Opinion Former Article

NEA slams record number of excess winter deaths last winter as predictable, preventable and shameful

New figures from the Office of National Statistics today show that the number of excess winter deaths exceeded 50,000 the highest on record since the winter of 1975/76. Over 15,000 of these deaths will be relatable directly to a cold home. The vast majority will have multiple hospital and GP visits behind them. The figures also worryingly show a doubling in the number of male deaths under 65.

Adam Scorer, Chief Executive of NEA commented:

“Today’s excess winter death figures should be a huge shock to the system. The cost in human suffering and lost lives is a tragedy. The cost to the NHS is significant and largely avoidable.

Predictable, preventable and shameful. We seem to have accepted excess winter deaths to be as much a part of winter as darker evenings.”

On top of these preventable deaths we know that many millions more people will have suffered the preventable health impacts of living in a cold and damp home, as well as resorting to harmful coping strategies.

New evidence provided by frontline workers to NEA, has revealed the top 10 unsafe fuel poverty coping strategies being used to survive winter. The regular use of older, dangerous or un-serviced heating appliances is common place, despite being potentially fatal or leading to heightened risks for nearby neighbours as a result of carbon monoxide poisoning or in extreme situations, fires and explosions. The charity says many more people are going to bed early to keep warm and using candles to save on electricity. People struggling to heat their homes are also spending their days in heated spaces such as libraries, cafes or even A&E to avoid the cold.

The figures demonstrate the need for urgent action and come as NEA launches the Warm and Safe Homes (WASH) campaign, which aims to raise awareness of the annual devastation that cold homes wreak on the most vulnerable in our society and focus on what more needs to be done to end fuel poverty and ‘preventable’ excess winter deaths and ill health.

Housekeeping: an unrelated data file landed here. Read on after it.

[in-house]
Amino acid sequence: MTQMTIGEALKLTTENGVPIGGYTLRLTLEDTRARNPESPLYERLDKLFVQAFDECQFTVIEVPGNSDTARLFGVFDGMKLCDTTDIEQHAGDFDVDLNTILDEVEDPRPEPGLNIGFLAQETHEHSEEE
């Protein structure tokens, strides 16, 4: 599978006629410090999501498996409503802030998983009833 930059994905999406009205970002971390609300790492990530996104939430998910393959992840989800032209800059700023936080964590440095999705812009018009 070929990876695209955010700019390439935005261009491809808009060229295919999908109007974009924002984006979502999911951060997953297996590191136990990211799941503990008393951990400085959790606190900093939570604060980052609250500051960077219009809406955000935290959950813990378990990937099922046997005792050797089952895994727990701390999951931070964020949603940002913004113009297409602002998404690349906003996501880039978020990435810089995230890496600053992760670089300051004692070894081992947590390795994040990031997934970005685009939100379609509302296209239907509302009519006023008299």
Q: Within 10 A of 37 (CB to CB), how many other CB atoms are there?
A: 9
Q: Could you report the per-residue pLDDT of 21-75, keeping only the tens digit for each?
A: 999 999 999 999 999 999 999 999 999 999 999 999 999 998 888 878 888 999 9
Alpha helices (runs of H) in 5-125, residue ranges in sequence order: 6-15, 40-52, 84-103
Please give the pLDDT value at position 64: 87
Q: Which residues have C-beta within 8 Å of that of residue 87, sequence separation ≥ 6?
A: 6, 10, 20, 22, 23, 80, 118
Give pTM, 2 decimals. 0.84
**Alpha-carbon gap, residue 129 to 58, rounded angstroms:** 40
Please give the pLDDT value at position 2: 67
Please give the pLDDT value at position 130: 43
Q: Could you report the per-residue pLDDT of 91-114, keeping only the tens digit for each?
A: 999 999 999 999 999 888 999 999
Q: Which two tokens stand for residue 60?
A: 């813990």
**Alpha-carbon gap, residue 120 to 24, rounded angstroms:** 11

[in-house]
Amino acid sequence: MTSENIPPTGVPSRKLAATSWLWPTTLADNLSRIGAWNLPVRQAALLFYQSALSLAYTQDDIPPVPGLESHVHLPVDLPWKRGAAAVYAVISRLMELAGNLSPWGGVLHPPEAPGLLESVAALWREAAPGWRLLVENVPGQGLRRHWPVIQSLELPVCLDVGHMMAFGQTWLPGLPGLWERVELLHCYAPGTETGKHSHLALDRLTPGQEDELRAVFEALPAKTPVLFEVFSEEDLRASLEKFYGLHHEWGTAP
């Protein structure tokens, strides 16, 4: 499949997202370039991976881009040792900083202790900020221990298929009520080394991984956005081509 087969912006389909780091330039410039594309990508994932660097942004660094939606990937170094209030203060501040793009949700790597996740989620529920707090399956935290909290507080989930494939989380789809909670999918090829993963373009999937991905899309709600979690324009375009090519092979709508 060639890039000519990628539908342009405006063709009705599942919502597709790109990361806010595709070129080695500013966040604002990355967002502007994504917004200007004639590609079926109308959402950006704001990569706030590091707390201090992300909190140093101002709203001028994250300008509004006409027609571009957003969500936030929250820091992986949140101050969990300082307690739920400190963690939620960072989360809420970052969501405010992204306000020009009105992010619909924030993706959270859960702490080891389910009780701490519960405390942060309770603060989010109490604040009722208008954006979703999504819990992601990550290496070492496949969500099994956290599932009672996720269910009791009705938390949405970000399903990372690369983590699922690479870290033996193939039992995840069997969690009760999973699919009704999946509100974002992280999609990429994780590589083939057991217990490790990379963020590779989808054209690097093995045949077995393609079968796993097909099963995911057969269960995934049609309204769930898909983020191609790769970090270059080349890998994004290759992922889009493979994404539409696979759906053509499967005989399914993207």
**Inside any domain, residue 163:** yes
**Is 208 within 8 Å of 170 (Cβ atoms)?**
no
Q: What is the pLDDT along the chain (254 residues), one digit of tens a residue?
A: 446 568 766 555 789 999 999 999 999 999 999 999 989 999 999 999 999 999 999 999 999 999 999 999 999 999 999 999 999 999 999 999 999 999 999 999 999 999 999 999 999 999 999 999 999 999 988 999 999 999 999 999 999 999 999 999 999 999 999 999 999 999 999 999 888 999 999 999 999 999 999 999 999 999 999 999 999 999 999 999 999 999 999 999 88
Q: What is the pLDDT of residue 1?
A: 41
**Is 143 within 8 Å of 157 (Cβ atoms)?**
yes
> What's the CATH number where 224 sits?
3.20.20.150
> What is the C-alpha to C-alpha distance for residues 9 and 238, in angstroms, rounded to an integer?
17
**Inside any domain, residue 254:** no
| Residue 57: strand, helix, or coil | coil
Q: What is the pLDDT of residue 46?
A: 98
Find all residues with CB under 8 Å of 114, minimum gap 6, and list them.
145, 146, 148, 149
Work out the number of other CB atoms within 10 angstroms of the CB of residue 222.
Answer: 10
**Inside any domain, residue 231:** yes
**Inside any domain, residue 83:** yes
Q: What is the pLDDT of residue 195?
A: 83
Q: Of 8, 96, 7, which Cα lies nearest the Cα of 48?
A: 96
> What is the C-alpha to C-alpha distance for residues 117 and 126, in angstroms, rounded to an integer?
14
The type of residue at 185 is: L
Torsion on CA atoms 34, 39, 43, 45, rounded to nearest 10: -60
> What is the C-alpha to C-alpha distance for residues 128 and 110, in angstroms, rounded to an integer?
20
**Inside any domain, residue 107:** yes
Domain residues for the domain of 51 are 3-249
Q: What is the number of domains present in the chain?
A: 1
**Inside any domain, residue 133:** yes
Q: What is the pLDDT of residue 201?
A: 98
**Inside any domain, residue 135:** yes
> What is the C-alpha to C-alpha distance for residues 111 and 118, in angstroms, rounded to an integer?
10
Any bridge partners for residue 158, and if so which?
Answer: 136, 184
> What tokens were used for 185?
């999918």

ENDS


Notes to Editors

1.      NEA is an independent charity working to protect low-income and vulnerable households from fuel poverty and exclusion in the energy market. NEA has a network of offices throughout England and also has national offices in Cardiff and Belfast which also work to support deprived communities and low-income energy consumers in Wales and Northern Ireland respectively.

2.      NEA works to influence and increase strategic action against fuel poverty at a national level through its policy, research and campaigning functions. The charity similarly works with partners from industry, government and the third sector to deliver practical solutions to UK households – improving access to energy advice, energy efficiency products and other related services for vulnerable consumers. NEA believes that radically improving the fabric and heating of homes represents the most cost effective long-term solution for tackling high energy bills and helping to eradicate fuel poverty. NEA also provides the secretariat for the All-Party Parliamentary Fuel Poverty & Energy Efficiency Group, which was first established in 1995 as the Parliamentary Warm Homes Group, to raise awareness of the problem of fuel poverty and the policies needed to eradicate it.

3.      The Warm and Safe Homes (WASH) campaign is NEA’s annual winter initiative (formerly the Warm Homes Campaign), focusing on the need for people to be able to stay warm in their homes. The campaign raises awareness amongst both politicians and members of the public of the problem of fuel poverty and the action needed to be taken at a policy level; as well as the help and support available locally for those struggling to heat their homes. It also highlights key messages around gas and electricity safety in the home. For more information about the WASH campaign visit: https://www.nea.org.uk/campaigns-policy/wash-2018/

4.      In total 60 respondents completed the Warm and Safe Homes questionnaire. Respondents represented a range of organisations, the most common of which was the not-for-profit/third-sector with 15 respondents, followed by 12 respondents from local authorities. A further 3 respondents were from the housing sector and two represented the energy sector (other). The following sectors had one respondent respectively: Private manufacturers, consultancy organisations, GDNs, private energy suppliers.

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